Throughout the night we pleaded with the immigration officers at the airport to give us water. They refused. After several attempts at asking for water one of the immigration officers told me: “No, we will not allow you to get water, you are in Uganda now”.
All through the night, we witnessed Somali nationals being mistreated, elderly women lying on the floor, children sleeping on the hard concrete, being spoken to in the most inhumane ways.
According to Ugandan immigration regulations, people of Somali citizenship can obtain a visa upon arrival if they meet the criteria for entry, otherwise they will be sent back to their country of departure.
My colleague was asked by an 87 year old Somali lady of Kenyan citizenship to translate on her behalf. She explained, “I have been sitting here for 8 hours; I have given my papers and paid for the visa, as well as an additional $20, which I was asked to pay. No one is telling me anything. They won’t even provide water or somewhere to sit”.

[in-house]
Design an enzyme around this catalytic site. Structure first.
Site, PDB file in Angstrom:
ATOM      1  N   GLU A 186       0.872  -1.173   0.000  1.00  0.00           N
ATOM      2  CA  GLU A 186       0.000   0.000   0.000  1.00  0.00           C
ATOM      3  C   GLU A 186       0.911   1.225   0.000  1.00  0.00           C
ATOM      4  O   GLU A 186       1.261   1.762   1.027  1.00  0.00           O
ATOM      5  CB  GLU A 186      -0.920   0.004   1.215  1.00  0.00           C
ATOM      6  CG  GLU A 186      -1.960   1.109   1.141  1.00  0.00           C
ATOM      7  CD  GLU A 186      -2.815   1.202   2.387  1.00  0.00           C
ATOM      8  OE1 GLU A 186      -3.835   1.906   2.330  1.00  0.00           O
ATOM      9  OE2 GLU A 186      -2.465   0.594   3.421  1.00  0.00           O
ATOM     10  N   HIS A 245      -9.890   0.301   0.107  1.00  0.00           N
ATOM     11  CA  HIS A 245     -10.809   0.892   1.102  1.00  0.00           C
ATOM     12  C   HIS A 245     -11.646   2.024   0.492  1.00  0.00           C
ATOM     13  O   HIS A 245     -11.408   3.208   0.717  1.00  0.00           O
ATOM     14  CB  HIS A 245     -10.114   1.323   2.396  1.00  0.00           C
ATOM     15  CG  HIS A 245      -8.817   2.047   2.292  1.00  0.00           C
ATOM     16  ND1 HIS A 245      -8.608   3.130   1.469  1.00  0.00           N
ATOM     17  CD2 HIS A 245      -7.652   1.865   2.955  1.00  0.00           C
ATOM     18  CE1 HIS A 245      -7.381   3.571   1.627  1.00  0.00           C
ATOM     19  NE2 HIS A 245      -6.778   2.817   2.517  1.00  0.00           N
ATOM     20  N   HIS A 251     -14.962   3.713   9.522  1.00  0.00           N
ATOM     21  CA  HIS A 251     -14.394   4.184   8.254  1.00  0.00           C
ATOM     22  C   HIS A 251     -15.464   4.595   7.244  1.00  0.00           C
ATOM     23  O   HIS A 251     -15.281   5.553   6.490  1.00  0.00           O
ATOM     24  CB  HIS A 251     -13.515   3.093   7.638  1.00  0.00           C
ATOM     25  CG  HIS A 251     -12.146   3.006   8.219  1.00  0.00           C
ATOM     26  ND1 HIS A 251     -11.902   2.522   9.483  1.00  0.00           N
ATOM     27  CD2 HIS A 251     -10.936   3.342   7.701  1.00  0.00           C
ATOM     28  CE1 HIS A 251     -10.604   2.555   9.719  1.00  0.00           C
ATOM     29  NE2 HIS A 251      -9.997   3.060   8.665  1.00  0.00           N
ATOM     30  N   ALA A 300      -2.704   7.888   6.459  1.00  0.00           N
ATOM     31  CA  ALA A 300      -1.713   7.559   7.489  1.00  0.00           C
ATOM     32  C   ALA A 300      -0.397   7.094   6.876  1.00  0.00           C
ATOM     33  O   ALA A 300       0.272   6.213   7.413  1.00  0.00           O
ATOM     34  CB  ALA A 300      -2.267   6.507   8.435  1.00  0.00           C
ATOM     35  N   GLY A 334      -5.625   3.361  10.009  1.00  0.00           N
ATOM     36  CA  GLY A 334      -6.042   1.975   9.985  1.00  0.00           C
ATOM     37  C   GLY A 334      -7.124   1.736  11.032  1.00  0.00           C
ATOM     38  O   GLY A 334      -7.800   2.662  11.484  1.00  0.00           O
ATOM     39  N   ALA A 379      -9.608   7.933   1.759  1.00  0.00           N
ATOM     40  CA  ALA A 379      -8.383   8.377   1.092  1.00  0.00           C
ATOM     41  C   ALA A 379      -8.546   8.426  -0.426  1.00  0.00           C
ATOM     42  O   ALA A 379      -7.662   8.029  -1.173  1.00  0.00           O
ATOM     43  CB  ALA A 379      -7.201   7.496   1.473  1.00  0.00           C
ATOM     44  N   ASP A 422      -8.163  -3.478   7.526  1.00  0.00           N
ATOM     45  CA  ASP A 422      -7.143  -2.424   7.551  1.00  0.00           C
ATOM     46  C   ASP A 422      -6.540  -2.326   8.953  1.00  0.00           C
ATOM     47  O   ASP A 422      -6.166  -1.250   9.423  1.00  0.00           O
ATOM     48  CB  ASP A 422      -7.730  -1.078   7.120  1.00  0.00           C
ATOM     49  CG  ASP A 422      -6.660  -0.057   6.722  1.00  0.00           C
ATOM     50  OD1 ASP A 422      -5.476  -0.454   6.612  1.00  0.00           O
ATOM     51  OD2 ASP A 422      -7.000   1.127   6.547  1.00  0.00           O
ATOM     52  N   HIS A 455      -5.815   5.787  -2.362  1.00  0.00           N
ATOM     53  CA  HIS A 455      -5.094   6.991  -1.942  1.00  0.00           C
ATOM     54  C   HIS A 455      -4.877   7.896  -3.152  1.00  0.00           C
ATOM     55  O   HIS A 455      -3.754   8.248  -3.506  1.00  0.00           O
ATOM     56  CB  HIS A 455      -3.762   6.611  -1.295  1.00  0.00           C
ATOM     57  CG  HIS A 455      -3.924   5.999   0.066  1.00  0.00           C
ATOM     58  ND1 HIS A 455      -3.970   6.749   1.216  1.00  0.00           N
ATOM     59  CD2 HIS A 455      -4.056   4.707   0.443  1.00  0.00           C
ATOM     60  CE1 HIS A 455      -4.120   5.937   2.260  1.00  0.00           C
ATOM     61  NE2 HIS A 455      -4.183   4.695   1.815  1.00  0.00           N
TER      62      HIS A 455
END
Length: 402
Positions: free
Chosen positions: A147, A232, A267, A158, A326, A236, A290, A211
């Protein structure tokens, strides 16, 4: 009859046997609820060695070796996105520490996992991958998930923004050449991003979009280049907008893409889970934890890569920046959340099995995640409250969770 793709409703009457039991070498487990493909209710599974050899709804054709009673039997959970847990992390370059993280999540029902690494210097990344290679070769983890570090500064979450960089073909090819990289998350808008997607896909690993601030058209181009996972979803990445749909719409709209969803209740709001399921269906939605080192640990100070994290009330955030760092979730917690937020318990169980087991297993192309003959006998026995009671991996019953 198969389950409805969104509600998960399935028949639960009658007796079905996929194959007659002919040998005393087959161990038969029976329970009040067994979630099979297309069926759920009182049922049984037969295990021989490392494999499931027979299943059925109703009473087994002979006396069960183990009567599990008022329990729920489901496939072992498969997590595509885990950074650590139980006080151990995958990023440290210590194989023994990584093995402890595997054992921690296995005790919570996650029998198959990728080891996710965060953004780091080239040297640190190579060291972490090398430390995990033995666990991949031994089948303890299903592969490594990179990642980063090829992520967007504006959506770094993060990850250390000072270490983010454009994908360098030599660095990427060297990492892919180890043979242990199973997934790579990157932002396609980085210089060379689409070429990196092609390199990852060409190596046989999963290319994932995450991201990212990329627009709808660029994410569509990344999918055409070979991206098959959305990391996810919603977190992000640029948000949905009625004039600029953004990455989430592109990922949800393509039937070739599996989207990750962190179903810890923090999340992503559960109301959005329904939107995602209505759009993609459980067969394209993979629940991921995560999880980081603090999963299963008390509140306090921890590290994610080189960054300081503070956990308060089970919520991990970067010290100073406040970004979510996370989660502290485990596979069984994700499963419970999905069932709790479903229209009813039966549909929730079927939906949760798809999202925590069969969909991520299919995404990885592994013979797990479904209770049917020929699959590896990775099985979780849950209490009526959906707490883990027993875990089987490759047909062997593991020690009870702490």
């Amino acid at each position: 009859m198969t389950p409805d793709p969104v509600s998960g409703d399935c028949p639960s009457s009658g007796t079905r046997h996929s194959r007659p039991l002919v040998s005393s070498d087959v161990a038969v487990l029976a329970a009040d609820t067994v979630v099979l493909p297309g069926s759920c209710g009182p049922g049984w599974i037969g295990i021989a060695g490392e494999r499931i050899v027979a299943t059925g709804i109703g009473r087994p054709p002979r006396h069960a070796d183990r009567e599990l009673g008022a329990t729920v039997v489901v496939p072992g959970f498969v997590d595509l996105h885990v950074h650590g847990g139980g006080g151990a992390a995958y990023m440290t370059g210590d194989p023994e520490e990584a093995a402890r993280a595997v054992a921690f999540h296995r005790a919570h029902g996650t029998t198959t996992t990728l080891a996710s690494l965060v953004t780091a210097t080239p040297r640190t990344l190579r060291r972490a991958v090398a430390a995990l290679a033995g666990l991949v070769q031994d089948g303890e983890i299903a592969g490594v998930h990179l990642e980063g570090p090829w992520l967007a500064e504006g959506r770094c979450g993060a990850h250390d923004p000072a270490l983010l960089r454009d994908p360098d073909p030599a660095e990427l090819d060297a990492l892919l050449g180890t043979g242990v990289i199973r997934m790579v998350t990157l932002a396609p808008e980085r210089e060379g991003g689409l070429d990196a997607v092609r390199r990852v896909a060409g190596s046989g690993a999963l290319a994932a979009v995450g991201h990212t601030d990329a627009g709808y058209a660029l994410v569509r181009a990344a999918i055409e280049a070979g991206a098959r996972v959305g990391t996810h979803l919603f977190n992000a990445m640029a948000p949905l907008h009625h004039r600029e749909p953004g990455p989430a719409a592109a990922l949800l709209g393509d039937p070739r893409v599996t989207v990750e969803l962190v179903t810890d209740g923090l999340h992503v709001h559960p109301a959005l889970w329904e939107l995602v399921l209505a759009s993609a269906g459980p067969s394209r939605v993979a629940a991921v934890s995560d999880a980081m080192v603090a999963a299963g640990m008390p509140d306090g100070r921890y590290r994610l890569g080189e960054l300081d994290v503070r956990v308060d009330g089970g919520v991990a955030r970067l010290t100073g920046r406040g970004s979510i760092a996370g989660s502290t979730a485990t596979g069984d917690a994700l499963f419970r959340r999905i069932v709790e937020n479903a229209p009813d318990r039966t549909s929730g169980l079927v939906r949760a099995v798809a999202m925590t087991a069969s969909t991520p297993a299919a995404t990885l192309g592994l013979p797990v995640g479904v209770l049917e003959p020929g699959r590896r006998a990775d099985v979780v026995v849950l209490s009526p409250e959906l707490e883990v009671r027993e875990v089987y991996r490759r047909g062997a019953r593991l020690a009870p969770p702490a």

Another lady with 3 small children approached me and asked if I could help her find out what was happening with her visa application, she pleaded, “I am tired, I have been here since this morning and have paid everything I was required to pay and more, they took my passport and no one will tell me anything. I just want to be returned to Kenya on the next flight, if they are going to deny me entry”.
Among those stranded at the airport that night was a young man of 18 or 19 years of age who had applied to study at one of the universities in Uganda. He had his acceptance letter and all the relevant papers yet was kept at the airport overnight because the immigration officers had misplaced his passport. It mysteriously reappeared in the morning and he was granted entry.